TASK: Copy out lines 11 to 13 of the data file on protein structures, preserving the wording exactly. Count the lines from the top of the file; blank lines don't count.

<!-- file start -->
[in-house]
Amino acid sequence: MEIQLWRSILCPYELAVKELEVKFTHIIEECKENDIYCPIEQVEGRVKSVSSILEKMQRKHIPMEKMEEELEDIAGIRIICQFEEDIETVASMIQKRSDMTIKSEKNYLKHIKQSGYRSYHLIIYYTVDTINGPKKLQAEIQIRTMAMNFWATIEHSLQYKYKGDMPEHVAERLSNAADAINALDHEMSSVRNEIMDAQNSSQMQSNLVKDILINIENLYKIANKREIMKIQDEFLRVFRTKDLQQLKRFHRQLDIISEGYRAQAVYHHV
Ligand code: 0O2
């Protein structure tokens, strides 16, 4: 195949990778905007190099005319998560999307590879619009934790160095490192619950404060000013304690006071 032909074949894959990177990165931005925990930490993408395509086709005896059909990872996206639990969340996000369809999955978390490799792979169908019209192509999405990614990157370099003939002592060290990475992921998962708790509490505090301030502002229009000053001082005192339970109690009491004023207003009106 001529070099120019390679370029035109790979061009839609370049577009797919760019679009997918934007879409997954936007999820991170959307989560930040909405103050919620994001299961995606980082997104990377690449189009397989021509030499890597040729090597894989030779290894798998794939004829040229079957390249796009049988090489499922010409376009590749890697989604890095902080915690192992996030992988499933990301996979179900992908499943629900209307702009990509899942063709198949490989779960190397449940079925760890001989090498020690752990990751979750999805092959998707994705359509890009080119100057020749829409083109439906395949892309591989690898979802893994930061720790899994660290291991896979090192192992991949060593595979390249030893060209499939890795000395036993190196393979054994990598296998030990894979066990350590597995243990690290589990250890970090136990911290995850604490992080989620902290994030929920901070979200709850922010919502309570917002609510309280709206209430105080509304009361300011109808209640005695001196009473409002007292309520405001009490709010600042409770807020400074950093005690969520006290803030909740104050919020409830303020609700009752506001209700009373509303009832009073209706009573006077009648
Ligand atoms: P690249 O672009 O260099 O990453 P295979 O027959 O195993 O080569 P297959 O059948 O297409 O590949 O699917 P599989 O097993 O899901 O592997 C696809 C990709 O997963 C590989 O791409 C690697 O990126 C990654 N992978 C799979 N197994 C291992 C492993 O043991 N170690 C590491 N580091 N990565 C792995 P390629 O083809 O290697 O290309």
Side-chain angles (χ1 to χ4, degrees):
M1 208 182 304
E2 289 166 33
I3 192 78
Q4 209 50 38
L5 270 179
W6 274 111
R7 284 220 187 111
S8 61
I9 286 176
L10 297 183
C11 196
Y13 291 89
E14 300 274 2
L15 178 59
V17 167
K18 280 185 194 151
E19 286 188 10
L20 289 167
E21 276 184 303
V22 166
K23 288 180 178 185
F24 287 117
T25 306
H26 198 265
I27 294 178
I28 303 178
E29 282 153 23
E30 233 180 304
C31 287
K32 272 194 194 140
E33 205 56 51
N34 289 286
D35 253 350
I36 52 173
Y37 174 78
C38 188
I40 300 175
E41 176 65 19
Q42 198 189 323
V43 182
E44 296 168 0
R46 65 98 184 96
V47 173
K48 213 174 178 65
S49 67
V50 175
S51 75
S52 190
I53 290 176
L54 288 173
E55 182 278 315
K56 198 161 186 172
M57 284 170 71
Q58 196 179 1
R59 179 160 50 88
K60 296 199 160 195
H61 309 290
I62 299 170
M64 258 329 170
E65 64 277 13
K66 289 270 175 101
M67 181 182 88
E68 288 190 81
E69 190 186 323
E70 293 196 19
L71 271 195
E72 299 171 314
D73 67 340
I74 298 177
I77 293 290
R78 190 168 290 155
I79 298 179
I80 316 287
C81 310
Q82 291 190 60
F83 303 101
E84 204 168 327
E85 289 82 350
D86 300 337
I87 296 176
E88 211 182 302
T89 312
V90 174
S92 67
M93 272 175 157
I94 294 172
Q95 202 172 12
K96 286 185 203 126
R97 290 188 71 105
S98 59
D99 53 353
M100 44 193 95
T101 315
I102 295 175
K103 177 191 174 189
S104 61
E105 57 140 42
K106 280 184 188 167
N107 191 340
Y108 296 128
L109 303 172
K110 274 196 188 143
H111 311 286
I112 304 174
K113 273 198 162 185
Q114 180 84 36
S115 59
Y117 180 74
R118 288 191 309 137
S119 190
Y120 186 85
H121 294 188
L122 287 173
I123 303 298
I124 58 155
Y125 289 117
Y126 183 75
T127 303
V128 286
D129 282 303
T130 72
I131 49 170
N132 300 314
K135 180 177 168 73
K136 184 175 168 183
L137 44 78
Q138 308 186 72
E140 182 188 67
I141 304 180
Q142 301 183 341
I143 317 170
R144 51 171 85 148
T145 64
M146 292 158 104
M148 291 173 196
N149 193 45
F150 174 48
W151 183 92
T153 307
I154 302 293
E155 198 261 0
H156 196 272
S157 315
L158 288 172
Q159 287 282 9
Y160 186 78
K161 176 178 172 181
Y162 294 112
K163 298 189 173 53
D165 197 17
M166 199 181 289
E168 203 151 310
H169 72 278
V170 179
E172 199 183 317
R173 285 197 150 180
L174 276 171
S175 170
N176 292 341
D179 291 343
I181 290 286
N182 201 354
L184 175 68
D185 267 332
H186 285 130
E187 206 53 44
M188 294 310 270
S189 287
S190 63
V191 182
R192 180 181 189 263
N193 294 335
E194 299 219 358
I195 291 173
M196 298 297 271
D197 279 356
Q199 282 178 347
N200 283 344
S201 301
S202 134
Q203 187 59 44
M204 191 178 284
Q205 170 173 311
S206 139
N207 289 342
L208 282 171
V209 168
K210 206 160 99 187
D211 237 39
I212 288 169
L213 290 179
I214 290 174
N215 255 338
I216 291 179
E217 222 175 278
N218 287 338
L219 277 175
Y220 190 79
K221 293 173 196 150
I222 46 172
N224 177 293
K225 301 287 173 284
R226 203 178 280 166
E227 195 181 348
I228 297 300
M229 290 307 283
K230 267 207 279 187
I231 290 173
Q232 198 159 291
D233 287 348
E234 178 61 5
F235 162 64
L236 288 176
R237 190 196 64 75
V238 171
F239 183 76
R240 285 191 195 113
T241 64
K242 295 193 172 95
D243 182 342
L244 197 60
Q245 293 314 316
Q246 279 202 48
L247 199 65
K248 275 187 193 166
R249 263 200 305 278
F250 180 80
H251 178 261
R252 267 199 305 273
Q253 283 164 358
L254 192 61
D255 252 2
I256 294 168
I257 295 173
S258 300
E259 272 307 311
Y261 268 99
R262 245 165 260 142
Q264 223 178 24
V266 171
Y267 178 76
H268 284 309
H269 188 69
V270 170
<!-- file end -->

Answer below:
L5 270 179
W6 274 111
R7 284 220 187 111